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Romantic poet, amateur orientalist, prolific essayist and speaker (author of “Nature,” “Self-Reliance,” and “The American Scholar,” to name a few), and a leader of the Transcendentalist movement: these are but a few of the descriptors necessary to capture the contribution of Ralph Waldo Emerson (1803-1882), on this anniversary of his death. Not a few schools have...

True confession: I’m feeling the failure of my fifty-two years. You see, William Shakespeare (whose birthday the world celebrated yesterday) died at fifty-two, having penned at least 40 of the world's greatest dramas. And, I haven’t composed even one! But, such is the melodrama of comparing oneself to a genius. Meanwhile, I’m taking note of the...

Today we’re posting an interview conducted at this year’s National Classical Education Symposium in Phoenix. Joining me for a few minutes is Dr. Karen Taliaferro, to discuss her scholarship and the story that led her to that research. From her Peace Corps experiences in Morocco and her quest for a deeper understanding of knowledge, Taliaferro research...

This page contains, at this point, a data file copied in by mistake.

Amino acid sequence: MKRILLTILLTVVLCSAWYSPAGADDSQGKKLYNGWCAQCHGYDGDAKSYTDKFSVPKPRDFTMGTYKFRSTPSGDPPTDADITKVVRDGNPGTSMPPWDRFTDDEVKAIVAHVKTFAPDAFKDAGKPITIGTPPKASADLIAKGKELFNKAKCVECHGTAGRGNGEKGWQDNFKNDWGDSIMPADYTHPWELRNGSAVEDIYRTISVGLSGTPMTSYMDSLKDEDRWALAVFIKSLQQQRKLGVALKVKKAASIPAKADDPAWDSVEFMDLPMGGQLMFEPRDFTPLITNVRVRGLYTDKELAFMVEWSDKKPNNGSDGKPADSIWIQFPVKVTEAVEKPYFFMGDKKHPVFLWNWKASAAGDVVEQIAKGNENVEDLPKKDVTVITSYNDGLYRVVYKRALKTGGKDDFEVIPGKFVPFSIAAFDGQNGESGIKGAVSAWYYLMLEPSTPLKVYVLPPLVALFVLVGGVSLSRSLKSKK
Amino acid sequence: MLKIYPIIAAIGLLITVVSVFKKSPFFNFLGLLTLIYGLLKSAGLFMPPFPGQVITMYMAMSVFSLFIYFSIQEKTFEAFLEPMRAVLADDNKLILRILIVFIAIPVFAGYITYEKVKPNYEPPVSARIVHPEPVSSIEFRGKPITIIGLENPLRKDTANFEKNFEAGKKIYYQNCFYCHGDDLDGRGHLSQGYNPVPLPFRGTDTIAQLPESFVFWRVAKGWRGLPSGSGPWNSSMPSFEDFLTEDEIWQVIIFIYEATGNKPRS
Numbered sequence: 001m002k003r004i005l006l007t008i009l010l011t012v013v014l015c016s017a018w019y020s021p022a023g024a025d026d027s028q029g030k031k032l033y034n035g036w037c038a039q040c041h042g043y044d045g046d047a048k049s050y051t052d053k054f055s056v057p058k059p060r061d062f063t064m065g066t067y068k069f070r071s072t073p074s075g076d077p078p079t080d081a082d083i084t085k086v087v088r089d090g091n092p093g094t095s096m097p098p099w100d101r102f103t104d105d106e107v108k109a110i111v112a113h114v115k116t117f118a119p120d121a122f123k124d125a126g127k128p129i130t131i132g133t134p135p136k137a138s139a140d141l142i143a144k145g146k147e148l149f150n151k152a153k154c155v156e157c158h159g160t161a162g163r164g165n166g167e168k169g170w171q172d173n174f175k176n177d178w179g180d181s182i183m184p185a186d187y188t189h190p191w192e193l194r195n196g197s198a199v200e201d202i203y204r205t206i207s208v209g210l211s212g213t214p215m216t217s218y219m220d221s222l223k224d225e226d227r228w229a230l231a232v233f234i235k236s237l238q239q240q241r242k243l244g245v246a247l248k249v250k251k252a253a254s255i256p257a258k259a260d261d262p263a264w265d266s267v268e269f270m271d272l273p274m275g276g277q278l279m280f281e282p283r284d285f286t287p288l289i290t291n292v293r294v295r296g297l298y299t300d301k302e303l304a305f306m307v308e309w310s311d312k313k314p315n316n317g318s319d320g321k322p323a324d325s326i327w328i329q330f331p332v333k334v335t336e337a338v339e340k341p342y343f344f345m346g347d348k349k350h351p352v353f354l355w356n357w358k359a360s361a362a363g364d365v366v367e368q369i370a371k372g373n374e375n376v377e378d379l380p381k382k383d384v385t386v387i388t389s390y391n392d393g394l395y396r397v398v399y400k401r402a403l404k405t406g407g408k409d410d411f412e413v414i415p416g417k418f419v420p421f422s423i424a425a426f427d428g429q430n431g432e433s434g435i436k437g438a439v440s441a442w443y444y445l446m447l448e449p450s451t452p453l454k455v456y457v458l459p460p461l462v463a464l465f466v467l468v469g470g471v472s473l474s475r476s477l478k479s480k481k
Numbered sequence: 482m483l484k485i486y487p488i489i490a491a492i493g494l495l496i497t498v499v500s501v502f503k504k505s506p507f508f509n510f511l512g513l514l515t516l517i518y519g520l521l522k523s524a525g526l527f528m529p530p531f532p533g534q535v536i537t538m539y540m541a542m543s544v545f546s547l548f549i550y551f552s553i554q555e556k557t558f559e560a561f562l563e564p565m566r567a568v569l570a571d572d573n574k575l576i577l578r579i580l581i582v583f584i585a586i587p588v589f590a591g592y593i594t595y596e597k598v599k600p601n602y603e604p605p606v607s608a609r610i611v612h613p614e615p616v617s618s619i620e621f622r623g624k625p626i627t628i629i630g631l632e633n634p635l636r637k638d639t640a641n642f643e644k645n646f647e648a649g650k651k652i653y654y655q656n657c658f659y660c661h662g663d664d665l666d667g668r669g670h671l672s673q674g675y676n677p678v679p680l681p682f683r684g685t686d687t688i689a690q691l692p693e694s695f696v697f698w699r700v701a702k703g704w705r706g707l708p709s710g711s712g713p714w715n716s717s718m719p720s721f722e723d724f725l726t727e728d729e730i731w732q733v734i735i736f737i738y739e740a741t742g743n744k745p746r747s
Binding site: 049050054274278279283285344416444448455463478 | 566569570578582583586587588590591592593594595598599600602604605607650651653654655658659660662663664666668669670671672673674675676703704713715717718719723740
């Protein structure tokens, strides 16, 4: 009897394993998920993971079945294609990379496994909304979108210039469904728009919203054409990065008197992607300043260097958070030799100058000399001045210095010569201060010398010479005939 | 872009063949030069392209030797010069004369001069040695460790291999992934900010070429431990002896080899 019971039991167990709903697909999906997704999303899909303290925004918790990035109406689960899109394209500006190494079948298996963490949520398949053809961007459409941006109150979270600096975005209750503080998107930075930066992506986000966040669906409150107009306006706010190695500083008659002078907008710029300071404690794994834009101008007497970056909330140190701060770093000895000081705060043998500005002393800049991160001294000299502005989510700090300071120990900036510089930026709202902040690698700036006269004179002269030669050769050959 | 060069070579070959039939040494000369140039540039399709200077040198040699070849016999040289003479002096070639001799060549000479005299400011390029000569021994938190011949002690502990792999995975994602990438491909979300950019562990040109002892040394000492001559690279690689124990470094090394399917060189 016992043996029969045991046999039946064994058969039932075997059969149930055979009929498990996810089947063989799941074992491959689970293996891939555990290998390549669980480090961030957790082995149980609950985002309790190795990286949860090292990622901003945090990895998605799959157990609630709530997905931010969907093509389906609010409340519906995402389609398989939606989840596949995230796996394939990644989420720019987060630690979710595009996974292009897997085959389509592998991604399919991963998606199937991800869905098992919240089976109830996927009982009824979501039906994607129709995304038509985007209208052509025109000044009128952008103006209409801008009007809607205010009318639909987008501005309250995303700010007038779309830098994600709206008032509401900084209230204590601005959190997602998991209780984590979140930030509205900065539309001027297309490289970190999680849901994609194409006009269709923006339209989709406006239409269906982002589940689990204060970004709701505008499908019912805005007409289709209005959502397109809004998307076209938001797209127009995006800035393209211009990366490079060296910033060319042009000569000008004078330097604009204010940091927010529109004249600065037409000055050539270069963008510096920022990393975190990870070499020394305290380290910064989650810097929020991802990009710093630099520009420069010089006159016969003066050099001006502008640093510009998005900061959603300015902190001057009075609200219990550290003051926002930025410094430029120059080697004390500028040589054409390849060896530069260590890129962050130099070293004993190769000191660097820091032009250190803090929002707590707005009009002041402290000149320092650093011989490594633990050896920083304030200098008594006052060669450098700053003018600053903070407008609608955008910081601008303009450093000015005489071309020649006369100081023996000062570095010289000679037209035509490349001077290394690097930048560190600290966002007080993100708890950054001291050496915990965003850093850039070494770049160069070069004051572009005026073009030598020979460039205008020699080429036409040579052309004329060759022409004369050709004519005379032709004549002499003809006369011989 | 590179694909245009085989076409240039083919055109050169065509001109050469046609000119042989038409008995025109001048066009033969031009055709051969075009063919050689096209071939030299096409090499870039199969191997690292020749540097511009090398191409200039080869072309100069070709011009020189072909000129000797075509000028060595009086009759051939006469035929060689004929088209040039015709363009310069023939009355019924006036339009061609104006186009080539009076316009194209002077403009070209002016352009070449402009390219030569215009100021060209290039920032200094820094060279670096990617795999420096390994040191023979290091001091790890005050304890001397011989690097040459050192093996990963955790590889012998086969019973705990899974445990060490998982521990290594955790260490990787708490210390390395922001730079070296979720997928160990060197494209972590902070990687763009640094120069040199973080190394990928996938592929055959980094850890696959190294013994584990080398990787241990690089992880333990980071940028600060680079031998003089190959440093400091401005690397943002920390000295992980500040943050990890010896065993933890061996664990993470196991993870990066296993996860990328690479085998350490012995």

As we continue to weigh the incoming medical data on COVID-19, there remain a variety of other factors that require our consideration, not the least of which is the economic fallout of the stay-at-home quarantine. Attending to the public health, broadly understood, involves recognizing the interactions between a number of factors. At times, this seems...

For a variety of reasons, I have recently returned to C.S. Lewis’s essay “Learning In War-Time” as well as Josef Pieper’s book, Leisure, the Basis of Culture. Both have given me great satisfaction, over the years, and they seem particularly salient to our current (confined) situation. So, I was pleasantly surprised to run across an essay...

At last month’s Symposium, our minds were turned toward the craft and art of history--which, to our delight, has a lively element of story-telling at its center. In particular, Dr. Frederick Turner (University of Texas, Dallas) spent time with us, exploring the role and essence of historic epics.  While their mythological nature seems distant from historical reality,...

Recently re-reading Leon Kass, I was struck by the profoundly humane quality of his reasoning. As a trained physician, medical researcher, and ethicist, Kass has been involved with a number of deeply insightful projects (e.g., President’s Council on Bioethics) that promote a truly liberal understanding of the human experience, and I would argue that he...